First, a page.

10 Ways You Can Create a Healthier Home
A reader asked about How to Create a Healthier Home. This is a big topic, but there are some good places to start, some involving cleanup and some prevention.
Here’s a list of some suggestions:
1. Use Water Filters for Your Drinking Water and Shower
There are lots of types of water filters to suit your needs, from small, portable filters for drinking water, filters that can attach to shower heads, and larger filtration systems that will filter water in all areas of the house. You can see our recommendations for filters here, as well as detailed guidance and explanations on how each one works.
2. Let the Fresh Air In
Open your windows frequently to let fresh air in your home. Unless you live in a very polluted place, indoor air is typically more polluted than outdoor air.
3. Be Aware of Mold
Ensure that your home is free of mold. 25% of the population is easily sickened by mold spores and the mycotoxins, which are neurotoxins, released by mold. Even if you cannot see mold, any musty smell is mold.
Mold can be found behind walls and in crawl spaces, so it may not be visible.
4. Watch Out For Fragranced Products
Avoid fragranced products: cleaning products, air fresheners, perfume, laundry detergent, laundry sheets, scented candles. Anything with “fragrance” listed on the label can be potentially harmful and can cause severe allergic reactions.
Unfortunately, in the US, consumer products don’t have to list the ingredients so you may not know that the product contains fragrances. Plus, sadly “unscented” products may contain fragrance to mask the product smell.
There’s a lot more to this topic, but avoiding fragrance is a great start. Check out our blog articles on safe laundry and cleaning products to get an in-depth look at how fragrance can affect you and what kinds of products are better options for your health.
5. Do Your Research When Remodeling
Do research before major renovation or remodeling projects. Make sure you use "no VOC" or "low VOC" paints, stains and polyurethanes. Look for CARB compliant woods. Try to buy wood furniture made with solid wood rather than pressed or composite wood.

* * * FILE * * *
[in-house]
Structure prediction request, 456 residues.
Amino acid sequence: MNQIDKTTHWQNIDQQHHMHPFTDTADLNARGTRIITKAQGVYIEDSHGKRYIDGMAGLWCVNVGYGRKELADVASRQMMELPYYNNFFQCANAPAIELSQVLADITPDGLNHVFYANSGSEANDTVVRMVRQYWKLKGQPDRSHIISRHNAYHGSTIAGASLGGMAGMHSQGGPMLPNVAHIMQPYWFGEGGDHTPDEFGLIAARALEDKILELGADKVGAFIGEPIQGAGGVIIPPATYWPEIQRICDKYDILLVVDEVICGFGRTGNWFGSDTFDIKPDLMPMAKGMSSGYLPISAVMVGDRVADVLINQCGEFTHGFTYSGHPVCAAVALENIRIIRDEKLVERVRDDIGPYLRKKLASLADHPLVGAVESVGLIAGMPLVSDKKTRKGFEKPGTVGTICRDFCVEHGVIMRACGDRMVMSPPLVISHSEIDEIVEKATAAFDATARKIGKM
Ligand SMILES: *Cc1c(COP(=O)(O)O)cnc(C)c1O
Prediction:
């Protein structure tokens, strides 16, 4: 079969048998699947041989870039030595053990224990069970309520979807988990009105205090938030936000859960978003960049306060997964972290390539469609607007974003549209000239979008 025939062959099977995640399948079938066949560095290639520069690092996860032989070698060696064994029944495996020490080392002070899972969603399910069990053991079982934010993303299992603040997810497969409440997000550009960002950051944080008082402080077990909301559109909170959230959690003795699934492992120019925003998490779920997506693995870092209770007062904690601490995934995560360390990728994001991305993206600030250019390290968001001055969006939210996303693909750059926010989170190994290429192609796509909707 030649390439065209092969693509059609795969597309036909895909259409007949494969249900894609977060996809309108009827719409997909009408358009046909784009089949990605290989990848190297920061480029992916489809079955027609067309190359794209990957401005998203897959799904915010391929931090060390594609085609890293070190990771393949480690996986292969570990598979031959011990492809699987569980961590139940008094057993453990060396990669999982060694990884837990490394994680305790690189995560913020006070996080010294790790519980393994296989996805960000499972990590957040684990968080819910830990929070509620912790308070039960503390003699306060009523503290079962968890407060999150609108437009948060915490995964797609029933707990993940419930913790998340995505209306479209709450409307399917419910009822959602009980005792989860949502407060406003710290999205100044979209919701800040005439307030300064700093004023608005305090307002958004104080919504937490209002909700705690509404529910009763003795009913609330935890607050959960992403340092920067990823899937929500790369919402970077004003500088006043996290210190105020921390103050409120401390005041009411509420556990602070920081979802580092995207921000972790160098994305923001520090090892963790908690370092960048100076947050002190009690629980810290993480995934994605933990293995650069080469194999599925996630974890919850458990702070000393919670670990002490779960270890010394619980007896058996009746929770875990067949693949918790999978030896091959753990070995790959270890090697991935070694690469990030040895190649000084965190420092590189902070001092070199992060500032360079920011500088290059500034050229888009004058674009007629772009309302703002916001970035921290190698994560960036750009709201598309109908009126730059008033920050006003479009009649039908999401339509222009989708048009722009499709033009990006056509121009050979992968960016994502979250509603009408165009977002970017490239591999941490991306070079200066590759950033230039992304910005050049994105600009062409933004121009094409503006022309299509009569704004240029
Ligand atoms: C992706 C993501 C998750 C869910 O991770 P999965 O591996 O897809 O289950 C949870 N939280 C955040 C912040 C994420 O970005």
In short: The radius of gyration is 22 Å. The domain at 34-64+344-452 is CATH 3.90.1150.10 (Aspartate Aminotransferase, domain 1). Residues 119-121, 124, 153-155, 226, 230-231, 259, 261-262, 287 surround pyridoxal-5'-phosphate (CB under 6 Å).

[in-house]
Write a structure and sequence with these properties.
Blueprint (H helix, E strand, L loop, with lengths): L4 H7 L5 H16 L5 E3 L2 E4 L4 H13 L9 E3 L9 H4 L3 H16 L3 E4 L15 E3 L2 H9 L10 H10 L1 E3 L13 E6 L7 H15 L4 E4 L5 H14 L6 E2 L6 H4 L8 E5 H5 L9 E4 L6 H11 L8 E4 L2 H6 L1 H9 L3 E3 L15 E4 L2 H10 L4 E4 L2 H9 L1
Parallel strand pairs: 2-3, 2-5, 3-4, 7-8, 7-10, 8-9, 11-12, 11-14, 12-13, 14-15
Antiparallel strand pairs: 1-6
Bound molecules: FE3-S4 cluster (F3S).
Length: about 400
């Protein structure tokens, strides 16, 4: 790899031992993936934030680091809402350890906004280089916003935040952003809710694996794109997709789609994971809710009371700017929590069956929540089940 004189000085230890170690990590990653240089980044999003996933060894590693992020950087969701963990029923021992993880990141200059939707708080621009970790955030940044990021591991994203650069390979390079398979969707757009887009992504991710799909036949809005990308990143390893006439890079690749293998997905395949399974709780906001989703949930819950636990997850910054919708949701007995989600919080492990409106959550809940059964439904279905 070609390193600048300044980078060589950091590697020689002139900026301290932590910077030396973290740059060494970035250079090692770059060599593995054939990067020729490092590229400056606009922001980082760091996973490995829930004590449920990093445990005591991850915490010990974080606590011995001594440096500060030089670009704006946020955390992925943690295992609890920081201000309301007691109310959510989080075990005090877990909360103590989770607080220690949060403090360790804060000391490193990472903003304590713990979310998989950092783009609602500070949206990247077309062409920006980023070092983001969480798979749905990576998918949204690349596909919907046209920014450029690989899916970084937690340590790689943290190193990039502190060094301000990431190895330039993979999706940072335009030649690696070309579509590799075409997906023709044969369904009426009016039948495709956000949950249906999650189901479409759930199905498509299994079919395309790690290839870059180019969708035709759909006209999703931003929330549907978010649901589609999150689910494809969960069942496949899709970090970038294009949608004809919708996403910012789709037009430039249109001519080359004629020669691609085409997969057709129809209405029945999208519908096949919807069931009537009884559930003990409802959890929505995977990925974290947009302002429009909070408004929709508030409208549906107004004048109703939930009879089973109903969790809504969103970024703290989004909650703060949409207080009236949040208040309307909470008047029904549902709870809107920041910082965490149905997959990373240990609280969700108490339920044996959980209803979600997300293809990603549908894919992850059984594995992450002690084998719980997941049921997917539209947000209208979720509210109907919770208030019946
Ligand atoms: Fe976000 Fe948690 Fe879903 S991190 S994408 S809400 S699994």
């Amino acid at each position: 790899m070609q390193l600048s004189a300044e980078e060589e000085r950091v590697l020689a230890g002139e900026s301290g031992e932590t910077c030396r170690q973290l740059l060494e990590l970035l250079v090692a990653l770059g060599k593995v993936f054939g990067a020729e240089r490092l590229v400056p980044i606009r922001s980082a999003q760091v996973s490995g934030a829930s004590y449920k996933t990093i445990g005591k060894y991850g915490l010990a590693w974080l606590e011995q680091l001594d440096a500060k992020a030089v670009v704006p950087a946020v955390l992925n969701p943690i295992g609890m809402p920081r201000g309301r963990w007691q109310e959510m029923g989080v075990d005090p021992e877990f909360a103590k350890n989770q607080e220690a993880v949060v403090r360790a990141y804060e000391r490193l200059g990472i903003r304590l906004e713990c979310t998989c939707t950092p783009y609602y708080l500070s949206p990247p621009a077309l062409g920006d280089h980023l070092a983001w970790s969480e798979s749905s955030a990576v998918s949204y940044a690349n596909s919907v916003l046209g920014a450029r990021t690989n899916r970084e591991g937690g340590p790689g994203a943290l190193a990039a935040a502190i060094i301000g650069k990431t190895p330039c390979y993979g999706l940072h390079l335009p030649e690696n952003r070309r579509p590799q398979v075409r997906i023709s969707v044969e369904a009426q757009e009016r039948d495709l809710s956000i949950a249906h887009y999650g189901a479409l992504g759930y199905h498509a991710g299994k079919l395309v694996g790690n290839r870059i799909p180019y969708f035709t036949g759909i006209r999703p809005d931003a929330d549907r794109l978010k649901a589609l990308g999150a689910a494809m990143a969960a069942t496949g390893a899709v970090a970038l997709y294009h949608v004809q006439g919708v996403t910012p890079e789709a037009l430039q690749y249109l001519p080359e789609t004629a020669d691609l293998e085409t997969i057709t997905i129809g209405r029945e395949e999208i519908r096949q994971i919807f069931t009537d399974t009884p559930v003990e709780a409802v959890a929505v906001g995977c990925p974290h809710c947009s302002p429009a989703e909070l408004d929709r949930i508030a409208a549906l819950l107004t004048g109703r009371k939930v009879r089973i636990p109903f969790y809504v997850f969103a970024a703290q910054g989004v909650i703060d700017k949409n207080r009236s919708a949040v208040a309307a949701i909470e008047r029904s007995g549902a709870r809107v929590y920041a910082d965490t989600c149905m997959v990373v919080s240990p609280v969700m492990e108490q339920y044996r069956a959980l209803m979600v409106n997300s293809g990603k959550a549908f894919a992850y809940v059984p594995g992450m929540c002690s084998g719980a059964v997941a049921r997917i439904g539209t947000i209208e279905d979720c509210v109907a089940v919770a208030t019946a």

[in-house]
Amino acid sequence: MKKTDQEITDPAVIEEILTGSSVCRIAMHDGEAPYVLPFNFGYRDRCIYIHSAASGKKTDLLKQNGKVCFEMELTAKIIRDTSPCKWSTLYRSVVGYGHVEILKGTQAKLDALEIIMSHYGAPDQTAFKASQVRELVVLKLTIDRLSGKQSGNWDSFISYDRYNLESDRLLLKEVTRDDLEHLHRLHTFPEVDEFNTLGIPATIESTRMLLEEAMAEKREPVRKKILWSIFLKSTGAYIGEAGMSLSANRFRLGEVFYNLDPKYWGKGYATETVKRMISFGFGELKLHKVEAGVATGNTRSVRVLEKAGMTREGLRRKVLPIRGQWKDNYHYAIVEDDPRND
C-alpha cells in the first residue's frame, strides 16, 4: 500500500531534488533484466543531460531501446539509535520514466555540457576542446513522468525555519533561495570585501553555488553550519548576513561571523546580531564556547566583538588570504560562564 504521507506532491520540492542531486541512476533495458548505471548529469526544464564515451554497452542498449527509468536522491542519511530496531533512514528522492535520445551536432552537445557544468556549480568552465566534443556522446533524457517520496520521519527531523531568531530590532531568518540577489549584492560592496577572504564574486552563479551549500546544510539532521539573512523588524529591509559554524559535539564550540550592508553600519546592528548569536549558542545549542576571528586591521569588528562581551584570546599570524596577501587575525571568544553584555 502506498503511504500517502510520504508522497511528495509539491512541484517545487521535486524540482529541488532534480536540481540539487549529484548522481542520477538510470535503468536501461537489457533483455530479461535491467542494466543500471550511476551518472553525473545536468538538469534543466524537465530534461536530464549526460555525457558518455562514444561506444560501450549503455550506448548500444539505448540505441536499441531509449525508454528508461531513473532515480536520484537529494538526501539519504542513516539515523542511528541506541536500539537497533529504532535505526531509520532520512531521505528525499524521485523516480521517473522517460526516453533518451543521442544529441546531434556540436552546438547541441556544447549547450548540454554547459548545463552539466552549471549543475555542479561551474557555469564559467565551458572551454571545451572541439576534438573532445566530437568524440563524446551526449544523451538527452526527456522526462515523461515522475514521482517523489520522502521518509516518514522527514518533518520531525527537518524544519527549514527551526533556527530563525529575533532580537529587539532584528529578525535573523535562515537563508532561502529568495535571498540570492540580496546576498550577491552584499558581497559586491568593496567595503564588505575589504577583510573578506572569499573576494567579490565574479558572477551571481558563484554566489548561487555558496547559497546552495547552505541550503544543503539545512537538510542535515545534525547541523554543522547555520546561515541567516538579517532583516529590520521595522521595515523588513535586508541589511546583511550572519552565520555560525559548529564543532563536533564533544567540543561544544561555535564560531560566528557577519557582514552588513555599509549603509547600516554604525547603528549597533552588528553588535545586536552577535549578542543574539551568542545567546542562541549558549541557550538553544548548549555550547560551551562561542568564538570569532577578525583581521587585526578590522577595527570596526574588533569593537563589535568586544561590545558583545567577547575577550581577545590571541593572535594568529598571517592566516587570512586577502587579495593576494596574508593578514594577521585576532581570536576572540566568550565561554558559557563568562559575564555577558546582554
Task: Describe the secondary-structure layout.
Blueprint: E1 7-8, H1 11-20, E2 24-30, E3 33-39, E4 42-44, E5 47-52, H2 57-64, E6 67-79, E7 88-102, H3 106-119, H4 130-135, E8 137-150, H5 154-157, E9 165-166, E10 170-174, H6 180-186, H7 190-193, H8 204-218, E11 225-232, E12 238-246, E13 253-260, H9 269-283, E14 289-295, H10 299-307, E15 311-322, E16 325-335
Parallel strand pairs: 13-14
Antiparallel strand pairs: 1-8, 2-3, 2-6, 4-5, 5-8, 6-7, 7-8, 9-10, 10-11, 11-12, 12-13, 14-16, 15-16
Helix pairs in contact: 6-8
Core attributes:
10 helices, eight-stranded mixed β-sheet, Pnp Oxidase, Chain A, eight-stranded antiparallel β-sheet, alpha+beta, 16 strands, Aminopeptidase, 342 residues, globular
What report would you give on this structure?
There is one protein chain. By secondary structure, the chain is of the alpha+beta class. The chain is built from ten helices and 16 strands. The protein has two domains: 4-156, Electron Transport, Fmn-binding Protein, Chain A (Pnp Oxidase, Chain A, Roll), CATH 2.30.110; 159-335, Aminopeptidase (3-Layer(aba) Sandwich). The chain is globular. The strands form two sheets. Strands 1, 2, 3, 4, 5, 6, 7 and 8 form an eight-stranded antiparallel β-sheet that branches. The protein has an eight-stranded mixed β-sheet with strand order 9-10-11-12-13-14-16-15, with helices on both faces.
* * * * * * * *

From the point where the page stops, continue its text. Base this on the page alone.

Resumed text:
If you can’t avoid buying cabinets or other furniture made with pressed or composite wood that contains formaldehyde, then stagger the purchases, keep your humidity low and the temperature on the cooler side. It’s important to ventilate the rooms and to consider using an air purifier.
Our air purifier guide gives you all the information you need to learn about possible toxins in your indoor air, and what kinds of air filtration systems will clean your air up the most and best fit your needs. The Austin Air HealthMate Plus is specially designed to remove common household VOCs like formaldehyde and benzene, so this is a great product to invest in if you’re remodeling.
If an air purifier isn't for you, then consider using an HVAC filter that removes VOCs. The EnvironKlenz air cartridges replace your existing air filter cartridge in your HVAC system and are tested to reduce common household VOCs like formaldehyde.
See the results below. The chart shows VOC reduction using an EnviroKlenz HVAC Filter over 30 day period inside a house and basement that had high levels of VOCs measured in PPM (parts per million). Over a 15 day period, the EnvironKlenz reduced the VOCs levels and kept them low.
6. Be Smart About Chemical Flame Retardants
Be smart about chemical flame retardants which are toxic, bio-accumulate and are persistent. Invest in mattresses without chemical flame retardants. If you can’t afford a mattress that is naturally flame retardant, then some companies will make a conventional mattress without chemicals with a doctor’s note.